Welcome to the website woven for wordaholics, logolepts, and verbivores. Carnivores eat meat; herbivores eat plants and vegetables; verbivores devour words. If you are heels over head (as well as head over heels) in love with words, tarry here a while to graze or, perhaps, feast on the English language. Ours is the only language in which you drive in a parkway and park in a driveway and your nose can run and your feet can smell.

 

In 1822, the Reverend Clement Clarke Moore, a literature professor at a theological seminary in New York City, wrote for his children what many believe is the best-known verses in the English language, “A Visit from Saint Nicholas.”

The poem, usually titled “The Night Before Christmas” from its first line, powerfully influenced the iconography of Santa Claus — his plump and jolly white-bearded look, his means of transportation, the names of his reindeer and the tradition of his delivering toys to boys and girls on Christmas Eve. On that night, many parents read this poem to their children.

Later in the 19th century, another New Yorker, Thomas Nast, enlarged the image of Santa Claus with his artists pen and brush. Known as the Father of the American Cartoon, Nast remembered that when he was a little boy in southern Germany, every Christmas a fat old man gave toys and cakes to children. So, when he sketched and painted Santa, his portraits looked like the kindly old man of his childhood.

Santa Claus had been represented in various ways, but Nast, influenced by the right jolly old elf depicted in Moores poem, created the figure we know today. Over the course of 30 years of drawing for Harper’s Weekly magazine, he baked into our culture his image of Santa Claus — his jolly girth, his white beard and moustache, his bright red-and-white-trimmed coat, trousers, and hat, his black belt and boots and his sack of toys. He also drew Mrs. Claus and set the Clauses workshop at the North Pole.

Across the sea in England, Charles Dickens was born into an impoverished family. His father served a term in debtors prison, and Charles worked as a child laborer in a London boot-blacking factory. From such unpromising origins, he rose to become the best-selling writer of his time and one of the most enduring and quotable writers of all time. The rags-to-riches life of Charles Dickens became more fantastic than any of his stories. 

In 1843, within the brief compass of six weeks, Dickens gave the world A Christmas Carol. The influence of that Christmas present is towering. The story’s glowing message the importance of charity and good will toward all humankind struck a resonant chord in England and the United States and deepened the celebration of the holiday. Although Christmases in eastern England were rarely snowy, Dickens’s backdrop of a blizzardy London in his Carol stuck with readers and helped create our expectations of a “White Christmas.”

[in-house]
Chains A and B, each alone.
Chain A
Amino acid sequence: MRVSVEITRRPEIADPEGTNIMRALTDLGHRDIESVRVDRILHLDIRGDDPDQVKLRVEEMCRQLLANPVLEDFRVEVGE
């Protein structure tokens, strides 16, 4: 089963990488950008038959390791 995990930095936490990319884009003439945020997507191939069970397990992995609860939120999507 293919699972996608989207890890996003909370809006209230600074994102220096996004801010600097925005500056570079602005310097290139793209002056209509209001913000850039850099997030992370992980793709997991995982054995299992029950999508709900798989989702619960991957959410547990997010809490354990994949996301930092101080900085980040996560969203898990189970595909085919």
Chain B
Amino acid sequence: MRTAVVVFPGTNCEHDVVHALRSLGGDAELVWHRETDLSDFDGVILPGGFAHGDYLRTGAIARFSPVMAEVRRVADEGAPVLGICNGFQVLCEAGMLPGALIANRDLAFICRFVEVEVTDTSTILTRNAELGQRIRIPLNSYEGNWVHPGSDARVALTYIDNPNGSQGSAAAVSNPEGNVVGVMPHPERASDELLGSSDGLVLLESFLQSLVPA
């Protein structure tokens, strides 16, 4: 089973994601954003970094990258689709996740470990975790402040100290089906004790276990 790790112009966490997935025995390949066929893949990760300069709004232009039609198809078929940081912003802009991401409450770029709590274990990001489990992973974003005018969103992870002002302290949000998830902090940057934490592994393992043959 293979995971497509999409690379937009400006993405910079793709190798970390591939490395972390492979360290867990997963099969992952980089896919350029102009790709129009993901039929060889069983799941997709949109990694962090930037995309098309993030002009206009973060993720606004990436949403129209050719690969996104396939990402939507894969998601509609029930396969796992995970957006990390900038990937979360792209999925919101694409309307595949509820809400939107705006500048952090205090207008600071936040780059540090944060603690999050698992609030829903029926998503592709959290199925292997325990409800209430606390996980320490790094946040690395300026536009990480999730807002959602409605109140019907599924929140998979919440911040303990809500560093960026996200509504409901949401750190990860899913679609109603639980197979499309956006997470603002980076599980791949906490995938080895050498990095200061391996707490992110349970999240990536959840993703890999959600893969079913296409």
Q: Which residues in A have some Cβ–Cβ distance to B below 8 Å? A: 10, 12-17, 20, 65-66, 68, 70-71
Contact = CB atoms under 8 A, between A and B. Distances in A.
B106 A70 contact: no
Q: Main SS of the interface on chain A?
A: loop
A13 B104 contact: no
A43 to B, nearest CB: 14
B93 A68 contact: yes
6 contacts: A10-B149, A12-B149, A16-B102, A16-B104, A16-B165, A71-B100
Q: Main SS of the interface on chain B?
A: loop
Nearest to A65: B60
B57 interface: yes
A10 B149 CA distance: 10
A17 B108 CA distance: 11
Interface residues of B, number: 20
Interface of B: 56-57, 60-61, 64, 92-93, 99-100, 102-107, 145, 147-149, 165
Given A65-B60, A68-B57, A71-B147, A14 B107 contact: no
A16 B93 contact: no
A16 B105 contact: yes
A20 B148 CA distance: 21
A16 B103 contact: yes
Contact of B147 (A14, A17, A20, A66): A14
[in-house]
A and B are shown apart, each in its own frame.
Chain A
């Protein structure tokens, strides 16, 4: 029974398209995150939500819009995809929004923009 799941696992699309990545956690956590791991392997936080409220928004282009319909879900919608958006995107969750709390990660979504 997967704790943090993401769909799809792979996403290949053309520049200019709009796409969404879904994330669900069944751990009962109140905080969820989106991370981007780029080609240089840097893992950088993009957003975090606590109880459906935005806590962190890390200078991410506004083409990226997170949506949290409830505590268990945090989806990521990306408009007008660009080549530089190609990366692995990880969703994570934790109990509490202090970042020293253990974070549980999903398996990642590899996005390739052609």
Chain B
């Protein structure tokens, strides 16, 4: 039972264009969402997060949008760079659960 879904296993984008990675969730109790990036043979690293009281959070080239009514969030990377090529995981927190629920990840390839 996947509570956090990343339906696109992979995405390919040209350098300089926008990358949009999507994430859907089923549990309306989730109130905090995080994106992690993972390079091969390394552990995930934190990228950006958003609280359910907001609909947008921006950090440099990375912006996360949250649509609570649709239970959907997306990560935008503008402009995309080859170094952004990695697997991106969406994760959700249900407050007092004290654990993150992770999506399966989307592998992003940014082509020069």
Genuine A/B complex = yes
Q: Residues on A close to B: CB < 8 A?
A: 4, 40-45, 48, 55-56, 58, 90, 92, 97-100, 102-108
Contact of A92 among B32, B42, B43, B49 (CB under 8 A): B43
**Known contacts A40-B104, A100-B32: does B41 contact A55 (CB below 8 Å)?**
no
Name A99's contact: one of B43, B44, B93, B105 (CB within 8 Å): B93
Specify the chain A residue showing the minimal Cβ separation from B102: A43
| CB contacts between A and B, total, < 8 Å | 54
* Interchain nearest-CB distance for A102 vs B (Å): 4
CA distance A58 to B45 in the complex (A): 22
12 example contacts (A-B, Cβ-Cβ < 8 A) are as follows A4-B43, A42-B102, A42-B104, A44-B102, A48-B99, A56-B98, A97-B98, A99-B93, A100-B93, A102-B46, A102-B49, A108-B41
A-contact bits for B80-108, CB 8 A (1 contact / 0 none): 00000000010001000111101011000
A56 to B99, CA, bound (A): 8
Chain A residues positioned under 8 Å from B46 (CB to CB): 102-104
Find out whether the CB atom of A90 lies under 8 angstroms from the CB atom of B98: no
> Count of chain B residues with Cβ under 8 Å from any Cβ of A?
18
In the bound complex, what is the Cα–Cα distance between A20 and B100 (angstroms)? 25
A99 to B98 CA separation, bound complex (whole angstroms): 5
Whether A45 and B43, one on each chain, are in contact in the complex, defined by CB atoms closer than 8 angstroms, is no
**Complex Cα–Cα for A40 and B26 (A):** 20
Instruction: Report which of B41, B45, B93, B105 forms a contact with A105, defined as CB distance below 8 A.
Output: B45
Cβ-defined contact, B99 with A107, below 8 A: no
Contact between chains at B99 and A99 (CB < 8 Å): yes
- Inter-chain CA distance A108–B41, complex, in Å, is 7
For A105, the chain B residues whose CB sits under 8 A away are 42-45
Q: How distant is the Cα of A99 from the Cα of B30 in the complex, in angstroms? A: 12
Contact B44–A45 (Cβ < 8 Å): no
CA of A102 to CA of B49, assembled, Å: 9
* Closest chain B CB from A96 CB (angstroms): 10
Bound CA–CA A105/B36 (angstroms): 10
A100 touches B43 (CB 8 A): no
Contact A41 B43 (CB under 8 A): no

Today, we’re likely to call anyone who is not in the Christmas spirit a Scrooge and give them a sarcastic “Bah! Humbug!” Most of us know that we owe this phrase to Charles Dickens, but hardly anyone realizes that he also popularized the greeting “Merry Christmas.” Ebenezer Scrooge’s visiting nephew greets his uncle with it in the very first chapter. In all his curmudgeonly glory, Scrooge fires back, “‘Merry Christmas!’ What right have you to be merry? Every idiot who goes about with ‘Merry Christmas’ on his lips should be boiled with his own pudding and buried with a stake of holly through his heart!” After that episode, “Merry Christmas” lodged in readers’ minds and hearts.

Without Charles Dickens’s slim stack of messy manuscript pages that came to be known as A Christmas Carol, Christmas today might still be a relatively minor holiday with no snow, no carolers and no large family gatherings for turkey dinners.

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Thomas Nast, perhaps the most famous political cartoonist in our history, was responsible for the popularity of two party animals. During the election of 1828, opponents of Andrew Jackson labeled him a “jackass” for his populist beliefs. Jackson was entertained by the notion and ended up using it to his advantage on his campaign posters. Nast is credited with making the donkey the recognized symbol of the Democratic Party, through one of his cartoons that appeared in Harper’s Weekly in 1870. Four years later, also in Harper’s Weekly, Nast drew a donkey clothed in lion’s skin, scaring away all the animals at the zoo. One of those animals, an elephant, was labeled “The Republican Vote.” That’s all it took for the elephant to become the Republican emblem.